Episode 206: This MSP won £7,000 MRR from networking

Episode 206: This MSP won £7,000 MRR from networking

Paul Green

Paul Green's MSP Marketing Podcast
Paul Green's MSP Marketing Podcast
Episode 206: This MSP won £7,000 MRR from networking

Episode 206

Welcome to the MSP Marketing Podcast with me, Paul Green. This is THE show if you want to grow your MSP. This week’s show includes:
  • 00:00 Improve your networking game to win more clients
  • 10:17 How to raise your prices and take your clients with you
  • 19:31 Securing investment for your new business

Featured guest:

Scott McCrady

Thank you to Scott McCrady, CEO of SolCyber, for joining me to talk about setting up a brand new MSSP, and how he raised $20 million of investment to get the business off the ground.

With 25 years of experience working in the networking, telecommunications, and information security space, Scott is currently serving as the CEO of SolCyber Managed Security Services. Scott has worked with large companies and start-ups, among them IBM and EDS, where he held Security Engineer and Team Leader positions (US and London).

Previous to SolCyber, McCrady built the Asia-Pacific-Japan business at Symantec; he ran the global Managed Security Service, and the Symantec and Accenture Joint Venture. He then transitioned to FireEye pre-IPO to create their global MSS and System Integrator, and traveled to Singapore to help build their APJ business. After a successful run with FireEye, Scott helped spin out SonicWall from Dell to private equity and reconstitute the business into a profitable, cash flow-positive entity.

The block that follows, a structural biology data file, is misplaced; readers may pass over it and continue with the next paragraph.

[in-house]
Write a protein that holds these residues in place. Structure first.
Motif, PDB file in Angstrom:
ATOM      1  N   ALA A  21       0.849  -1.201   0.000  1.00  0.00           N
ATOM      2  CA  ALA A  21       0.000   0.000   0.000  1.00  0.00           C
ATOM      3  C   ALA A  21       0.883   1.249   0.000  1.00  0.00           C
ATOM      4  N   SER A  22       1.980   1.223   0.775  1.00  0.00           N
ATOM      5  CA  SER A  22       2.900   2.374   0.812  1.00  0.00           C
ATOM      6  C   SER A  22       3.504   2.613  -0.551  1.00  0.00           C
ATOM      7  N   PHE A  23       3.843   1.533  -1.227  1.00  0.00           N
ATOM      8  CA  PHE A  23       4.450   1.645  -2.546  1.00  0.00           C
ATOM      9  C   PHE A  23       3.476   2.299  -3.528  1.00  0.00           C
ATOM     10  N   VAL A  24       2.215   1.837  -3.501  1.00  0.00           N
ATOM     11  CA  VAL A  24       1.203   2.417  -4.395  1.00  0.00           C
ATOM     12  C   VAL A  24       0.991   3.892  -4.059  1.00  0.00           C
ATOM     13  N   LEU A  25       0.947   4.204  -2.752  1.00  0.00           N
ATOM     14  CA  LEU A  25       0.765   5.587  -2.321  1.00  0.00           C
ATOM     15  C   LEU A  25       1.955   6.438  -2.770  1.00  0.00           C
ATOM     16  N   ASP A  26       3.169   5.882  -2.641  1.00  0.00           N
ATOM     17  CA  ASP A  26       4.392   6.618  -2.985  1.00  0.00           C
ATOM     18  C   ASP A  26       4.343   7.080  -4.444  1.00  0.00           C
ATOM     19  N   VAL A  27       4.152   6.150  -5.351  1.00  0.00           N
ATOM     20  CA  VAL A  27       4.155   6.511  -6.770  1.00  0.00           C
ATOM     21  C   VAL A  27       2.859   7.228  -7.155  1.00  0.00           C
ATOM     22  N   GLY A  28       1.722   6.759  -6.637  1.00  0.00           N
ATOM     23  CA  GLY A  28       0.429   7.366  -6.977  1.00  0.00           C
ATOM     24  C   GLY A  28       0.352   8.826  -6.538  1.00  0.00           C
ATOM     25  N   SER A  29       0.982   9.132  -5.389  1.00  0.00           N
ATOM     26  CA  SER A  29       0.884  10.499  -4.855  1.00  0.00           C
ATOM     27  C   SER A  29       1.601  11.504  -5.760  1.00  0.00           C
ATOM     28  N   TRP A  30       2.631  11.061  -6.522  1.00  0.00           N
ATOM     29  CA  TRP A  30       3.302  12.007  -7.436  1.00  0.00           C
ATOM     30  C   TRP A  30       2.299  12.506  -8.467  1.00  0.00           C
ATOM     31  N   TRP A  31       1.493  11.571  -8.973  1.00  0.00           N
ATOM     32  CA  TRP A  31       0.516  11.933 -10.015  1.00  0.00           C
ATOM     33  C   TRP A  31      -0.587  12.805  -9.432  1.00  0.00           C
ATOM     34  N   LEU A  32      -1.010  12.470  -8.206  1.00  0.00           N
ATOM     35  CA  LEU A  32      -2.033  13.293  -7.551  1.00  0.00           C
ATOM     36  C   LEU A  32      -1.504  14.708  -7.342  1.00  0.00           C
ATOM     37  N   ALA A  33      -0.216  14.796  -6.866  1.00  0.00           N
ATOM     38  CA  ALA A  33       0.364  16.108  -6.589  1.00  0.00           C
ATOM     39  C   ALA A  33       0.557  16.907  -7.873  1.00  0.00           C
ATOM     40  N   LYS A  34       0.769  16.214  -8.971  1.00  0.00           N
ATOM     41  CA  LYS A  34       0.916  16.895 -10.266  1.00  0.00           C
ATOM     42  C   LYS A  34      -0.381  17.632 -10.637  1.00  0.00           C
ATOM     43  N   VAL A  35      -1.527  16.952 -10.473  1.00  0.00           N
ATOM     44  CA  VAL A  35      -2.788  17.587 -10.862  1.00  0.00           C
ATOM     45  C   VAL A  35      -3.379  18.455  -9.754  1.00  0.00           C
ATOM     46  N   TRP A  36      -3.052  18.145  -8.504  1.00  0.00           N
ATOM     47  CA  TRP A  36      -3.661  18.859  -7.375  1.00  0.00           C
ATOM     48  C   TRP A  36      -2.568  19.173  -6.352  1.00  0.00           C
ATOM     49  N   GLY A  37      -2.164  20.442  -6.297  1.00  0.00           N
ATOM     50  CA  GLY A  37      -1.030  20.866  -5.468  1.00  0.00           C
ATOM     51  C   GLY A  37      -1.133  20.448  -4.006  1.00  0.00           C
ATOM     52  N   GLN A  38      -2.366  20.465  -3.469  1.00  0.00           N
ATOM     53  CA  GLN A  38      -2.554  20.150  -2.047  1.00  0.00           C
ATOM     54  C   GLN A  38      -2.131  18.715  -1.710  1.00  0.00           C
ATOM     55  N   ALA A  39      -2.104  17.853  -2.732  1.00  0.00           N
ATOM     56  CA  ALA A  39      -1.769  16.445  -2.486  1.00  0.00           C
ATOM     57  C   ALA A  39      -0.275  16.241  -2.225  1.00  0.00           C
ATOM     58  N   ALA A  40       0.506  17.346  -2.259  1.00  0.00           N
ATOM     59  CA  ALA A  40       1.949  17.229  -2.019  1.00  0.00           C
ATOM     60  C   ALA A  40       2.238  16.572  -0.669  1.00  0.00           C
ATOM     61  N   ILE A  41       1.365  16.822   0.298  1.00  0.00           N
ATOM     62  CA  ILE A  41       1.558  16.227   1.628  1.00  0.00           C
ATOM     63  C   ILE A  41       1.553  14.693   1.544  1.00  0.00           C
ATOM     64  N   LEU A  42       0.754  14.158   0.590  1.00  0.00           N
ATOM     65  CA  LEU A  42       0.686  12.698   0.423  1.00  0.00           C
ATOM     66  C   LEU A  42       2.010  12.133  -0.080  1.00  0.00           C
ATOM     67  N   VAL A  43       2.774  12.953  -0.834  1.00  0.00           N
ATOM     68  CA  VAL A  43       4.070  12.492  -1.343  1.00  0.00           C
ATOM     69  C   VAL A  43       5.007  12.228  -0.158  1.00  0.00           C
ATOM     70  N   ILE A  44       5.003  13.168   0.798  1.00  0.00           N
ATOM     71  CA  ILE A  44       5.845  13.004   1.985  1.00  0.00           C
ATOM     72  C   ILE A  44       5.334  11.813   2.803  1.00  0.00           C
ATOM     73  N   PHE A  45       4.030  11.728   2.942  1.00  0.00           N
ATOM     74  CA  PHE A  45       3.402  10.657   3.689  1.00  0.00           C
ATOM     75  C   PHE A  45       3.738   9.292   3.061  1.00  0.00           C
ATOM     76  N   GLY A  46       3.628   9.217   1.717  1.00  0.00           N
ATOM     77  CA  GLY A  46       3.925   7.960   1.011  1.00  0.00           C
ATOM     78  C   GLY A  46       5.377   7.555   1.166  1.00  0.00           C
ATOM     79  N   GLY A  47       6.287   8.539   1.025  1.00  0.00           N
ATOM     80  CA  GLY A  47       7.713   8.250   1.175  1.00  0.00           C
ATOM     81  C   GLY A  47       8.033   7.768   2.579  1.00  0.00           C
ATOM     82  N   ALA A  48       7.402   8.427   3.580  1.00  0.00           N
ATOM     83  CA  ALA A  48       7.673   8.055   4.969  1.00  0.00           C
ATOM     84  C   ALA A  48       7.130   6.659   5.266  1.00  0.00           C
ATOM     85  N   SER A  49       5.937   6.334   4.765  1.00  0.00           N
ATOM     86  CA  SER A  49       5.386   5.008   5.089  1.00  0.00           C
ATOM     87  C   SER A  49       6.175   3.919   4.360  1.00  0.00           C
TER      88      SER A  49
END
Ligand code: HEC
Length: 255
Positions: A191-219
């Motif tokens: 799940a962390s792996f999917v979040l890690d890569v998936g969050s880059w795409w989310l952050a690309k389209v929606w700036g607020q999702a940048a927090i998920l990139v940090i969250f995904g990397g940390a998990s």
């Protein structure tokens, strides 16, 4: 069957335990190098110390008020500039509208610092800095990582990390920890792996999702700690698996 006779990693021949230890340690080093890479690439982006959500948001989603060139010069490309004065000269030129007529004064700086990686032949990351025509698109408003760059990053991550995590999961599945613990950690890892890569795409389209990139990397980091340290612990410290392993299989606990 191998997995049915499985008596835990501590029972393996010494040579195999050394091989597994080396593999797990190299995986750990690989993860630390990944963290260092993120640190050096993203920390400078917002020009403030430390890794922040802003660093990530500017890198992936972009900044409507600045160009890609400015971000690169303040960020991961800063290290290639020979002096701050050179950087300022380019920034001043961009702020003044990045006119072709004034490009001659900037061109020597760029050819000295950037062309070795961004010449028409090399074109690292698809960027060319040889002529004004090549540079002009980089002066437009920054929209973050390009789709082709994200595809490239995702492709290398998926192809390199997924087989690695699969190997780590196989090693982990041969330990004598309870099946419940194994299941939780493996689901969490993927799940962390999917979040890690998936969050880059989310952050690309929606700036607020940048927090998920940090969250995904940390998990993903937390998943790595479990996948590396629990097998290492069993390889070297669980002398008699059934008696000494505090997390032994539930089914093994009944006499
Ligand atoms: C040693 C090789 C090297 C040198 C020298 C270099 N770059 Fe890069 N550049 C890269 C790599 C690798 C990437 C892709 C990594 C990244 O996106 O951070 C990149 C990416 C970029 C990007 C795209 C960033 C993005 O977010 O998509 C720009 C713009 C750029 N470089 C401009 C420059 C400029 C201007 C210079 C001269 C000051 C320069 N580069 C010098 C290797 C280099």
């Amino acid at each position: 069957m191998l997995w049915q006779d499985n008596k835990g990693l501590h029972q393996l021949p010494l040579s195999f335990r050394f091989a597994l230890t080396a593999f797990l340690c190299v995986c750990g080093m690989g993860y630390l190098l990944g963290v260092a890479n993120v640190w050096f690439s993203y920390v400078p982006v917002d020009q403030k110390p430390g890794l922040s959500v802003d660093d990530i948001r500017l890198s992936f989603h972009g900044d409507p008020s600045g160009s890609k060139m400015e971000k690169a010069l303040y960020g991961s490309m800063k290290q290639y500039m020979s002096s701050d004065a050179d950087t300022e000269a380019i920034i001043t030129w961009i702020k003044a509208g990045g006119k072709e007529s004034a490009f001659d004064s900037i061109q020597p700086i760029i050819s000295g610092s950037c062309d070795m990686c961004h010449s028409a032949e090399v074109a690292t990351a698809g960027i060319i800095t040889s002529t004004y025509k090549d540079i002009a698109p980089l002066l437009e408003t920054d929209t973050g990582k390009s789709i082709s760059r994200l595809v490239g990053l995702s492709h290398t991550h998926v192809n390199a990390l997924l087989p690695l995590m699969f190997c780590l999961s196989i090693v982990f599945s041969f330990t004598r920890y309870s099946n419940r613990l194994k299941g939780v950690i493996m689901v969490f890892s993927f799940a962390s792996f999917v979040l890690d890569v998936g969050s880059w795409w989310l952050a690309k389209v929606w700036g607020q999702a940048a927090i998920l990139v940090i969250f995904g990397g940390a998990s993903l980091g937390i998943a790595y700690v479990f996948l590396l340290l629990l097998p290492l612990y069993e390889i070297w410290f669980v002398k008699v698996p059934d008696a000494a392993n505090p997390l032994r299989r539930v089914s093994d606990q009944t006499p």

Connect with Scott on LinkedIn:


Extra show notes:


NB this transcription has been generated by an AI tool and provided as-is.

[00:00:00] Speaker A: Fresh every Tuesday for MSPs around the world. Around the world. This is Paul Green’s, MSP Marketing podcast. Hello, my friend, and welcome back to the show. Here’s what we got in store for you this week.

[00:00:14] Speaker B: Hey, I’m Scott McCrady with SolCyber. Can’t wait to be on Paul’s podcast to talk about how we raised $20 million to bring a new security service to the market.

[00:00:23] Speaker A: And on top of that, fascinating interview with Scott, later on in the show, we’ll be talking about hidden price rises. Is there an opportunity coming up for you to put your prices up in the new year?